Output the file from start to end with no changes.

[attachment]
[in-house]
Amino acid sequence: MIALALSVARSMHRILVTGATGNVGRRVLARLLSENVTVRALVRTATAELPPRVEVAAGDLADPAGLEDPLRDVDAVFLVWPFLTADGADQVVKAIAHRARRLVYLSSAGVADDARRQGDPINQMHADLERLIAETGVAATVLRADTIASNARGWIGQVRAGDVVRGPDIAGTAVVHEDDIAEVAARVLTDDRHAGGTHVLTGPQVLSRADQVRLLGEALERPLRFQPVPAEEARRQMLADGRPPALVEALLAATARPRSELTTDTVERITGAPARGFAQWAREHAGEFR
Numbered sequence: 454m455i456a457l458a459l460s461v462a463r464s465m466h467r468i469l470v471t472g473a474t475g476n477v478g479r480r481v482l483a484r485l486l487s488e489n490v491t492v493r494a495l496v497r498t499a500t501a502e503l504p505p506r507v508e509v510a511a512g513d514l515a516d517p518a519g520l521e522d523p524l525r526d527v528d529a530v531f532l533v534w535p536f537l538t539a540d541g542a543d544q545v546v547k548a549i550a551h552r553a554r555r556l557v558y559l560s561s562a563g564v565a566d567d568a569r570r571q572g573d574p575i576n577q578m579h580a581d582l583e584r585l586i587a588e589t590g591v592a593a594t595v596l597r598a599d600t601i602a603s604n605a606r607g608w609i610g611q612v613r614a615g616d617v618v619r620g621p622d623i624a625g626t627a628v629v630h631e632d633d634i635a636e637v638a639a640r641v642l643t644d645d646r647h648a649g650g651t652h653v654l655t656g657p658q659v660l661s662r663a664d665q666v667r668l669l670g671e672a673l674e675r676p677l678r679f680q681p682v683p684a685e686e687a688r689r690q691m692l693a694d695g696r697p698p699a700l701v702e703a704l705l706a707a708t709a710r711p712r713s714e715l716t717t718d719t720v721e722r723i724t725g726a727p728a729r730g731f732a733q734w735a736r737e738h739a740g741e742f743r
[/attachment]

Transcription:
[in-house]
Amino acid sequence: MIALALSVARSMHRILVTGATGNVGRRVLARLLSENVTVRALVRTATAELPPRVEVAAGDLADPAGLEDPLRDVDAVFLVWPFLTADGADQVVKAIAHRARRLVYLSSAGVADDARRQGDPINQMHADLERLIAETGVAATVLRADTIASNARGWIGQVRAGDVVRGPDIAGTAVVHEDDIAEVAARVLTDDRHAGGTHVLTGPQVLSRADQVRLLGEALERPLRFQPVPAEEARRQMLADGRPPALVEALLAATARPRSELTTDTVERITGAPARGFAQWAREHAGEFR
Numbered sequence: 454m455i456a457l458a459l460s461v462a463r464s465m466h467r468i469l470v471t472g473a474t475g476n477v478g479r480r481v482l483a484r485l486l487s488e489n490v491t492v493r494a495l496v497r498t499a500t501a502e503l504p505p506r507v508e509v510a511a512g513d514l515a516d517p518a519g520l521e522d523p524l525r526d527v528d529a530v531f532l533v534w535p536f537l538t539a540d541g542a543d544q545v546v547k548a549i550a551h552r553a554r555r556l557v558y559l560s561s562a563g564v565a566d567d568a569r570r571q572g573d574p575i576n577q578m579h580a581d582l583e584r585l586i587a588e589t590g591v592a593a594t595v596l597r598a599d600t601i602a603s604n605a606r607g608w609i610g611q612v613r614a615g616d617v618v619r620g621p622d623i624a625g626t627a628v629v630h631e632d633d634i635a636e637v638a639a640r641v642l643t644d645d646r647h648a649g650g651t652h653v654l655t656g657p658q659v660l661s662r663a664d665q666v667r668l669l670g671e672a673l674e675r676p677l678r679f680q681p682v683p684a685e686e687a688r689r690q691m692l693a694d695g696r697p698p699a700l701v702e703a704l705l706a707a708t709a710r711p712r713s714e715l716t717t718d719t720v721e722r723i724t725g726a727p728a729r730g731f732a733q734w735a736r737e738h739a740g741e742f743r